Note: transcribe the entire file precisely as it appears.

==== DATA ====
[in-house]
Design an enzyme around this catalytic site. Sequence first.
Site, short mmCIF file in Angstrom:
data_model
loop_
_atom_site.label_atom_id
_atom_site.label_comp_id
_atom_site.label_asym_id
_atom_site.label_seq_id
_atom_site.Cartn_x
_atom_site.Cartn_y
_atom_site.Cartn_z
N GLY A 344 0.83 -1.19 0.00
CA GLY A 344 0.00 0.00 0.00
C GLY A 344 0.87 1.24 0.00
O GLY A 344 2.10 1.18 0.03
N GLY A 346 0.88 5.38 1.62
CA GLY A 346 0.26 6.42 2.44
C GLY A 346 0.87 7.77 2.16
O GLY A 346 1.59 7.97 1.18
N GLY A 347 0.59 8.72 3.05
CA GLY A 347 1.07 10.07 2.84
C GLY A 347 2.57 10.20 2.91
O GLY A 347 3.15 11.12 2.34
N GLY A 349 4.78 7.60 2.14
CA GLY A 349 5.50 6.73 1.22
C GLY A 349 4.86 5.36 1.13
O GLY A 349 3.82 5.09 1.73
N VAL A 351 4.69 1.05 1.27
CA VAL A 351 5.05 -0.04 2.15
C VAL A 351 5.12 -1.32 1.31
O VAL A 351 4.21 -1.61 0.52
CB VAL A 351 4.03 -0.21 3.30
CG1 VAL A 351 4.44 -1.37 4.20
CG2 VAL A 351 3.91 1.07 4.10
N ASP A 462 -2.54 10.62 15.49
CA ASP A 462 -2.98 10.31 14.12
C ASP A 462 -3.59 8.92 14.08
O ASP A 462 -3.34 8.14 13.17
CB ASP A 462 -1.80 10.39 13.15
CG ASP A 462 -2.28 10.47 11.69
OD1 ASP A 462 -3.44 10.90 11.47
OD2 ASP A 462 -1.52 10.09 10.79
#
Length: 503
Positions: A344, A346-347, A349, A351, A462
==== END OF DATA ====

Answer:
[in-house]
Design an enzyme around this catalytic site. Sequence first.
Site, short mmCIF file in Angstrom:
data_model
loop_
_atom_site.label_atom_id
_atom_site.label_comp_id
_atom_site.label_asym_id
_atom_site.label_seq_id
_atom_site.Cartn_x
_atom_site.Cartn_y
_atom_site.Cartn_z
N GLY A 344 0.83 -1.19 0.00
CA GLY A 344 0.00 0.00 0.00
C GLY A 344 0.87 1.24 0.00
O GLY A 344 2.10 1.18 0.03
N GLY A 346 0.88 5.38 1.62
CA GLY A 346 0.26 6.42 2.44
C GLY A 346 0.87 7.77 2.16
O GLY A 346 1.59 7.97 1.18
N GLY A 347 0.59 8.72 3.05
CA GLY A 347 1.07 10.07 2.84
C GLY A 347 2.57 10.20 2.91
O GLY A 347 3.15 11.12 2.34
N GLY A 349 4.78 7.60 2.14
CA GLY A 349 5.50 6.73 1.22
C GLY A 349 4.86 5.36 1.13
O GLY A 349 3.82 5.09 1.73
N VAL A 351 4.69 1.05 1.27
CA VAL A 351 5.05 -0.04 2.15
C VAL A 351 5.12 -1.32 1.31
O VAL A 351 4.21 -1.61 0.52
CB VAL A 351 4.03 -0.21 3.30
CG1 VAL A 351 4.44 -1.37 4.20
CG2 VAL A 351 3.91 1.07 4.10
N ASP A 462 -2.54 10.62 15.49
CA ASP A 462 -2.98 10.31 14.12
C ASP A 462 -3.59 8.92 14.08
O ASP A 462 -3.34 8.14 13.17
CB ASP A 462 -1.80 10.39 13.15
CG ASP A 462 -2.28 10.47 11.69
OD1 ASP A 462 -3.44 10.90 11.47
OD2 ASP A 462 -1.52 10.09 10.79
#
Length: 503
Positions: A344, A346-347, A349, A351, A462